The notion of class attendance has largely been ignored, where students, faculty, and administrators substitute assumptions for empirical evidence. The data is clear: attendance matters, more so than any other known contributor to student success. Yet, policies and practices often overlook these data.
Attending Student Success is a comprehensive guide for building sustainable cultures of student success in higher education, through the use of attendance data. Andrew P. Miller synthesizes decades of research pertaining to the myriad definitions, trends, and strategies of student success efforts. He explores the various perceptions and misconceptions surrounding attendance and illustrates the impetus for using these data to foster student success. Miller then provides guidance to make these data actionable through policy changes, early-alert strategies, and data-informed decision-making for cultural change management.
Andrew P. Miller is an independent scholar.
SECTION I: DEFINING THE CONTEXT
Chapter 1: The competing and co-dependent interests in student success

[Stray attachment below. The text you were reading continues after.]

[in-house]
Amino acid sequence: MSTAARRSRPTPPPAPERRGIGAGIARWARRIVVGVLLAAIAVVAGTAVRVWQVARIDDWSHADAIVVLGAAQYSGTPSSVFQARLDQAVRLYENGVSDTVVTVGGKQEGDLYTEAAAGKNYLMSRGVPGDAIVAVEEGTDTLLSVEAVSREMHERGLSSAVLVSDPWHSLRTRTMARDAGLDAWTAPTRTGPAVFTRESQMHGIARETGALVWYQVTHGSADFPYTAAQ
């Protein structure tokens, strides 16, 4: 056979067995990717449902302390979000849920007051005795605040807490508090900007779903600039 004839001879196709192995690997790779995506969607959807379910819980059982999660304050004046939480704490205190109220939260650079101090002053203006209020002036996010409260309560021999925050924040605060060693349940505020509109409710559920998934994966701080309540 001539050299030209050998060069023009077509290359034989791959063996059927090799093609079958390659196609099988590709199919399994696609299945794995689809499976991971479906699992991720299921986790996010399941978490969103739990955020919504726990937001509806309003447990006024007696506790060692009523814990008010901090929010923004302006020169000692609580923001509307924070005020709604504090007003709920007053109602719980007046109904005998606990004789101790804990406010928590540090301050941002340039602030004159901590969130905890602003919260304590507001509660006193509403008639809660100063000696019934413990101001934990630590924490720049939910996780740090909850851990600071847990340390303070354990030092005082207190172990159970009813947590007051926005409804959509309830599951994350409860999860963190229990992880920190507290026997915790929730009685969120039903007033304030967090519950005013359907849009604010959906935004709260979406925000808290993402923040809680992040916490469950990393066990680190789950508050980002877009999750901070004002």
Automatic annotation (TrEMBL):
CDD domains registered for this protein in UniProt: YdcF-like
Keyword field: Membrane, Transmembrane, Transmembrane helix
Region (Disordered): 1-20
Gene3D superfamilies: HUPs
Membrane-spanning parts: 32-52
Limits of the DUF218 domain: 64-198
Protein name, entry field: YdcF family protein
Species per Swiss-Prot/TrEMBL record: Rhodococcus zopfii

Chapter 2: Defining Attendance: Historical trends and future trajectories
Chapter 3: Attitudes and Assumptions about Absenteeism
SECTION II: DEFINING THE RELATIONSHIPS
Chapter 4: Attendance and Student Success – at a macro level
Chapter 5: Attendance and Student Success – at a micro level
Chapter 6: A Case Study: Examining the Efficacy of Attendance as a Predictor of Student Performance
SECTION III: DEFINING THE FUTURE
Chapter 7: Early alerts and interventions for Absenteeism
Chapter 8: Policy & Practice: The competing and co-dependent interests in recording & reporting upon attendance
Institutional leaders grappling with the age-old question of how to manage student absenteeism, a challenge further complicated by the monumental growth in remote learning, need not look any further for a comprehensive resource to guide their decision-making. Attending to Student Success offers a balanced compendium of data and information colleges and universities need to develop effective, evidence-based policies and procedures.
Dr. Miller's work highlights the tension between higher education's traditions and policies, and the fluid landscape of technological advances, economics, and human experiences. His balanced, yet empathetic, examples of students' academic engagement (or lack thereof) encourage the reader to reconsider how behaviors ultimately measure up to student success.
In an era of shifting course modalities and increasing demands on students’ time and attention, Miller calls critical attention to the perennially important topic of course attendance.